These days, Indiana Gov. Eric Holcomb must feel like he’s channeling the late vaudeville comedian Joey Adams.
Adams was the first to say, “With friends like these, who needs enemies?”
Holcomb is having a rough, rough 2021 legislative session.
Indiana lawmakers swatted down his veto of a landlord-tenant bill as if it were a gnat. His legislative priorities—pregnancy accommodations, wetlands, etc.—that aren’t dead already are on life support. He can’t seem to slow, much less stop, a bill that would allow Hoosiers to carry firearms without permits and makes sense to no one other than the National Rifle Association’s lobbyists and gun merchants.
And, of course, the General Assembly seems poised to strip away many of Holcomb’s emergency powers as governor.
The folks who are doing this aren’t the governor’s political opponents—at least they aren’t supposed to be.
They are Republicans, the members of Holcomb’s own political party.
At most other times in our state’s history, this would be an odd development.
Holcomb, after all, just won reelection in resounding fashion. He captured 57 percent of the vote. His political position going into the 2020 campaign was so strong that every Indiana Democrat with any serious name recognition opted not to challenge him.
In the general election, Holcomb defeated the Democrats’ sacrificial lamb, Woody Myers, by nearly 25 points. The Libertarian candidate, Donald Rainwater, trailed Holcomb by more than 45 points.
The source of Holcomb’s strength was his reasonableness. Hoosiers saw him as a steady figure, conservative in both temperament and outlook but willing to consider all points of view and options.
Particularly in an emergency.
When the coronavirus hit, Holcomb didn’t move with the alacrity that some other governors did, but he also wasn’t an obstructionist. He didn’t pretend COVID-19 wasn’t a problem. He didn’t ignore the fact that people were dying.
The most conservative members of his own party took a different course. They thought Holcomb’s reluctant decisions to temporarily close businesses and schools to keep Indiana’s healthcare infrastructure—an infrastructure Hoosier lawmakers often have been reluctant to fully fund—from being overwhelmed were the acts of a would-be tyrant.
Those same reality-denying legislators found a voice in Rainwater, who argued that having people drop dead was a small price to pay for keeping the bars open and allowing Indiana high school students to attend proms.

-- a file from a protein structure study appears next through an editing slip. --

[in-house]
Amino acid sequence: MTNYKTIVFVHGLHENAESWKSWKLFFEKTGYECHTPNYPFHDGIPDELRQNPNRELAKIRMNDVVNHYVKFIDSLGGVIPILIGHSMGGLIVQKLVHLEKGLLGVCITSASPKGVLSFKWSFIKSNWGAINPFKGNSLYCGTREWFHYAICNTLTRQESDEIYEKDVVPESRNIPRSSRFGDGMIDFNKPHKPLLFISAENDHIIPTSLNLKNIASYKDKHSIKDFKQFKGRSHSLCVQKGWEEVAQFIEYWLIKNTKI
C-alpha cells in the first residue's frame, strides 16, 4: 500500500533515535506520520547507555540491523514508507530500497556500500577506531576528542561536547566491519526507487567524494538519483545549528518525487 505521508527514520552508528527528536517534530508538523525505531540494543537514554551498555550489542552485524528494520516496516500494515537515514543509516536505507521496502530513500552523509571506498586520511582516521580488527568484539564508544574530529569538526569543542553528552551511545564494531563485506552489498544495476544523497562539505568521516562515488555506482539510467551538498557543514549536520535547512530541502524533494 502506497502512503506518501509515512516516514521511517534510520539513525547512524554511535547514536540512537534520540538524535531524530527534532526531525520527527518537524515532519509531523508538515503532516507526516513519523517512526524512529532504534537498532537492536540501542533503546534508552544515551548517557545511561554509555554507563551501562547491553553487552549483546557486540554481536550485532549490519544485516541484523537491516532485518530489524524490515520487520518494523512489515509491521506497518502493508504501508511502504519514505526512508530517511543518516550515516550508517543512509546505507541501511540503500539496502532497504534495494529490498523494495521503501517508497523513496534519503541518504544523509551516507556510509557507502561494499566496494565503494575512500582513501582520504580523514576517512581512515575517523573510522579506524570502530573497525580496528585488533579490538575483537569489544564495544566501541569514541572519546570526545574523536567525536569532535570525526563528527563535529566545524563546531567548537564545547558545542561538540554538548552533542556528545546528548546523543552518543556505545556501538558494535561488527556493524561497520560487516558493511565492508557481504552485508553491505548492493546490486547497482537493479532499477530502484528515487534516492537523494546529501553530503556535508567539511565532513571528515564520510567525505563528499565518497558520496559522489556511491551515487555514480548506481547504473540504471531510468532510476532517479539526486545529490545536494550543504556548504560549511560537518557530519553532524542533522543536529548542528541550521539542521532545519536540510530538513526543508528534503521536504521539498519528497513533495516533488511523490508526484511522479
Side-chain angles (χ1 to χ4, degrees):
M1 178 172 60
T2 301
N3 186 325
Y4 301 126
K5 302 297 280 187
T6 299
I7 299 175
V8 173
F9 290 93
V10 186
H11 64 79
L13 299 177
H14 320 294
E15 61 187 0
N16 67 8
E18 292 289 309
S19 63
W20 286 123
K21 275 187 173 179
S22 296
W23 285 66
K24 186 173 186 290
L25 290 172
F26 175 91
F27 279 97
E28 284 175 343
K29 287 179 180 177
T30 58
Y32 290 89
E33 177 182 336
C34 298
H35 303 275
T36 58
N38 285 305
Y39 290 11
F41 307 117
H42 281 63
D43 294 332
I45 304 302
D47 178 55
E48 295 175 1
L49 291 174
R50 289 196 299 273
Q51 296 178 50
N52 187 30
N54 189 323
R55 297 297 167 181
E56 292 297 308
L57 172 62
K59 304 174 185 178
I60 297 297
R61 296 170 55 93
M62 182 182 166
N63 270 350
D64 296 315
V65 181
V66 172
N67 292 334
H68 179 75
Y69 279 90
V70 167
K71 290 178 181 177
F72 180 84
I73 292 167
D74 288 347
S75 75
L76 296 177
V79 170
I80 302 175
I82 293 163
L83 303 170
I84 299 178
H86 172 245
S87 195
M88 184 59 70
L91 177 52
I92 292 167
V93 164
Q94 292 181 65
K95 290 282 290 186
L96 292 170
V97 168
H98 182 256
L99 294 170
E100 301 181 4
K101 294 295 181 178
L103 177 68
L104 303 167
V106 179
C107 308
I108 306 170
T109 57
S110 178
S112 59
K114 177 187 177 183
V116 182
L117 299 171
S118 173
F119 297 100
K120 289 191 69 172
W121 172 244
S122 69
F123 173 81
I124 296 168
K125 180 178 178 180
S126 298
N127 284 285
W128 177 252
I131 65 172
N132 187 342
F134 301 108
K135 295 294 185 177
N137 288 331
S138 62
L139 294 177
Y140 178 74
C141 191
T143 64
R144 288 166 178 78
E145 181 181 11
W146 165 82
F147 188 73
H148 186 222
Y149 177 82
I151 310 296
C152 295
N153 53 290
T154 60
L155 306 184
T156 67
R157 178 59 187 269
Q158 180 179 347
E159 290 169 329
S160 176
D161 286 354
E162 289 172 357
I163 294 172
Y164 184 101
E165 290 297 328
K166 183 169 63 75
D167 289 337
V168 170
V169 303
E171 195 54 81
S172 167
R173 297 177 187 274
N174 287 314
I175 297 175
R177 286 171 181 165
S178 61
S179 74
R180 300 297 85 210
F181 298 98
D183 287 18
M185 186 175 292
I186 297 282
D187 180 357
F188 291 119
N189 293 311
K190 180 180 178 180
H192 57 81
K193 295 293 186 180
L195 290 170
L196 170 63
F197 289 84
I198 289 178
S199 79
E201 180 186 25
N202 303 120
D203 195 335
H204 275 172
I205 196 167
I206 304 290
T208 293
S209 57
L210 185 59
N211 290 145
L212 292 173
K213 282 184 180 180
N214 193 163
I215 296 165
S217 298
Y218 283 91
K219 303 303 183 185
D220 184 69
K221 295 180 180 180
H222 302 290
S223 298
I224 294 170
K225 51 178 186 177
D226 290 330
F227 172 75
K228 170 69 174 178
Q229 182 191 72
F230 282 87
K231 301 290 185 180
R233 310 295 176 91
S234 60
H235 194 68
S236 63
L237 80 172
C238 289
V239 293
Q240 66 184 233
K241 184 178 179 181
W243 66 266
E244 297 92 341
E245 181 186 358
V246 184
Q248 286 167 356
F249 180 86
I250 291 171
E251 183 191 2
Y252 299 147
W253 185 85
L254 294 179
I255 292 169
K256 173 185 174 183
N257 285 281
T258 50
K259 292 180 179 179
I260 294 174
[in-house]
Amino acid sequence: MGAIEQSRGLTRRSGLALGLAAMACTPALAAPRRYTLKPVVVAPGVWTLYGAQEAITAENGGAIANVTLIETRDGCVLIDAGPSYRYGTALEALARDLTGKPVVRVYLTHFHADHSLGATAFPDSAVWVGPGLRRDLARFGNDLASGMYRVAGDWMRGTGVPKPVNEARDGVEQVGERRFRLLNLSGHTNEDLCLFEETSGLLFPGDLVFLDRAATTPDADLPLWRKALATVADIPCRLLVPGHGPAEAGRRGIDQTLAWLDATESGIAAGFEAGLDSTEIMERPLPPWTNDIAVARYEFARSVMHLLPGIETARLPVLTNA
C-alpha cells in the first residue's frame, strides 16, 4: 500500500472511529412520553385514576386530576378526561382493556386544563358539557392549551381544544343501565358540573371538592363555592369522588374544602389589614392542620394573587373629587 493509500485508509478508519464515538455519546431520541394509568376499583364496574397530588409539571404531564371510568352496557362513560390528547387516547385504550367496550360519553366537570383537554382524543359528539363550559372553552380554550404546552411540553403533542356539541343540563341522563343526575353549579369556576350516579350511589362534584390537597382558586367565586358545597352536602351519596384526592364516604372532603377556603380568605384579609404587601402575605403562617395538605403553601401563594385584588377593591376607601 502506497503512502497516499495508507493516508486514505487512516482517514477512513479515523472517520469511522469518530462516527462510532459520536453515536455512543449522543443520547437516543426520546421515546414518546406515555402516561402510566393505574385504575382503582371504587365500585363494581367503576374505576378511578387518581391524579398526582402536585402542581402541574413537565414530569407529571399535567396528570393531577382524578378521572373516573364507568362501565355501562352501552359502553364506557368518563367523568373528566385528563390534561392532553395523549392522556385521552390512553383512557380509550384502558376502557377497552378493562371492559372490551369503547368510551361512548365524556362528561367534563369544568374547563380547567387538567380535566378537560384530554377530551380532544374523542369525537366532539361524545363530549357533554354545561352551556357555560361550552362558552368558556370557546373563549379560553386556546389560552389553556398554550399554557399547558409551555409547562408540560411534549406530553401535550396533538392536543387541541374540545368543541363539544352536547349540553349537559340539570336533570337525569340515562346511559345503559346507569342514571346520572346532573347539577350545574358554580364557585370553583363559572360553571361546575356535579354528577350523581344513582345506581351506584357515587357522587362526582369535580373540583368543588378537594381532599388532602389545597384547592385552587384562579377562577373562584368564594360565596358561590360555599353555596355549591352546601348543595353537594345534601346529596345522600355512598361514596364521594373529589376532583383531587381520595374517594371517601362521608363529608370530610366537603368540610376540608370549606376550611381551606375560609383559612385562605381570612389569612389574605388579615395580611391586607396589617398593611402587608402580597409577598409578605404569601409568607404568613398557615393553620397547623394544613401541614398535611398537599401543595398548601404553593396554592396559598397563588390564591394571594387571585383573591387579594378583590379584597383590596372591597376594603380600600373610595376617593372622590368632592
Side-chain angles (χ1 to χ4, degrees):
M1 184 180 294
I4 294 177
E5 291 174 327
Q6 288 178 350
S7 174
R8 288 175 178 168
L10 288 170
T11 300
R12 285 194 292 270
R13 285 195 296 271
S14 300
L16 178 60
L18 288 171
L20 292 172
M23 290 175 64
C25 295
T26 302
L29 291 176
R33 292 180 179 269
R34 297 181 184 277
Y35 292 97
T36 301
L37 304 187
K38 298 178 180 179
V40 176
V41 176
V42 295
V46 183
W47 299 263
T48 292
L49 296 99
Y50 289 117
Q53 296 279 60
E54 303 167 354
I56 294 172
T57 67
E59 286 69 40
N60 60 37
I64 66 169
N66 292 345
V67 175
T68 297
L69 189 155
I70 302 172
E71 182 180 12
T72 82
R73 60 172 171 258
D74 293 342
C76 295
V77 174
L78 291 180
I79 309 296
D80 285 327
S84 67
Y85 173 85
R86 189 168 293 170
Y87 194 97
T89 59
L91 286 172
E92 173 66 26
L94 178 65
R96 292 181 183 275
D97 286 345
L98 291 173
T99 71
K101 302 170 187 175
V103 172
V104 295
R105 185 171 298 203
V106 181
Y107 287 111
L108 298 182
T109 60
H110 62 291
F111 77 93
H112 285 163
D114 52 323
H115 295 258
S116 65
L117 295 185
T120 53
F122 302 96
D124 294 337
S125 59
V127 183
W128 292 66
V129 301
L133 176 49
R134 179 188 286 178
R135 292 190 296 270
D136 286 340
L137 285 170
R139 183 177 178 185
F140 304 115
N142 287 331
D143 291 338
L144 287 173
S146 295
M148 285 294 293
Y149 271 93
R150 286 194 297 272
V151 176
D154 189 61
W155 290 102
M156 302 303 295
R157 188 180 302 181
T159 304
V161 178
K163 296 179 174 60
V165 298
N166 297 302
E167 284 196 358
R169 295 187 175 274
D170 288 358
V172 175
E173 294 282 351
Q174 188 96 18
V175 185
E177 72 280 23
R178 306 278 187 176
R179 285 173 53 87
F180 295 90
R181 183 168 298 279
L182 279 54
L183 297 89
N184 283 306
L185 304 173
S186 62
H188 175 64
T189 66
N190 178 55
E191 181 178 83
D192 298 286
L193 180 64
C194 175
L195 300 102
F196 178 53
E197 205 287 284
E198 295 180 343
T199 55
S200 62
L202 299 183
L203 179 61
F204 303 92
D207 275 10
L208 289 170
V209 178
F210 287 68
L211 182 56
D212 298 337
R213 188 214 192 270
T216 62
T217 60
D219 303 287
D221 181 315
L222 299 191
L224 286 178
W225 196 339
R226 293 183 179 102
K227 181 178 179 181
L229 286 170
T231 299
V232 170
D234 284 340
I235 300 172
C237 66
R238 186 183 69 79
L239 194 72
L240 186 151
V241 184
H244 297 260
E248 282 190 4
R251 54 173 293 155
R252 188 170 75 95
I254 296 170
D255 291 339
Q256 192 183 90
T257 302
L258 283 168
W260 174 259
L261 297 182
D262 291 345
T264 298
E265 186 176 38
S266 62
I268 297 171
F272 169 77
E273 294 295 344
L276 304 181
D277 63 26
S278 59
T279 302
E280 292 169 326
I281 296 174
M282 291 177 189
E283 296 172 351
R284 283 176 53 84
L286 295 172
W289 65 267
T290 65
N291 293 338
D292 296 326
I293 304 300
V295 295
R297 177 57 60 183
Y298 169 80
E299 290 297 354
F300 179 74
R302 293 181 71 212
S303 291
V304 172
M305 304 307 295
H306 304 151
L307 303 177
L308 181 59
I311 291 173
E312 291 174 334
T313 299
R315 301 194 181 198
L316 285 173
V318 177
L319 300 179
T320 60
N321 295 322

In one of the curiosities of this strange, strange age, the views of the guy who won 11 percent of the vote seem to have prevailed over those of the guy who won nearly 57 percent.
An aside: It’s shocking, isn’t it, that some people have lost faith in representative government?
The problem here—the warping factor that is the source of the disconnect—is gerrymandering.
Governors and other statewide candidates have to run to the center if they wish to capture more than 50 percent of the vote. In a conservative state such as Indiana, that means that they end up landing somewhere right of center, but they still must try to appear to be reasonable people.
The statewide candidates that don’t—former Indiana Attorney General Curtis Hill comes to mind—find their tenures in office shortened.
The maps of the state’s legislative districts, though, have been drawn with such surgical precision that lawmakers who come from them never have to fear encountering contrary views. They tend to believe their opinions are not only the only opinions that should and do matter.
They’re not interested in being reasonable or in resolving differences.
They’re interested in getting their way.
They can operate in this fashion because their safe districts mean they don’t owe the governor a darned thing. They’ll be just fine, whether Holcomb succeeds or fails.
That’s why Eric Holcomb is having such a hard time this session.
The members of the supermajorities in the Indiana General Assembly may belong to his party, but the gerrymandered maps that nurture them make certain they aren’t his friends.
Chances are they aren’t your friends, either.
John Krull is director of Franklin College’s Pulliam School of Journalism and publisher of TheStatehouseFile.com, a news website powered by Franklin College journalism students.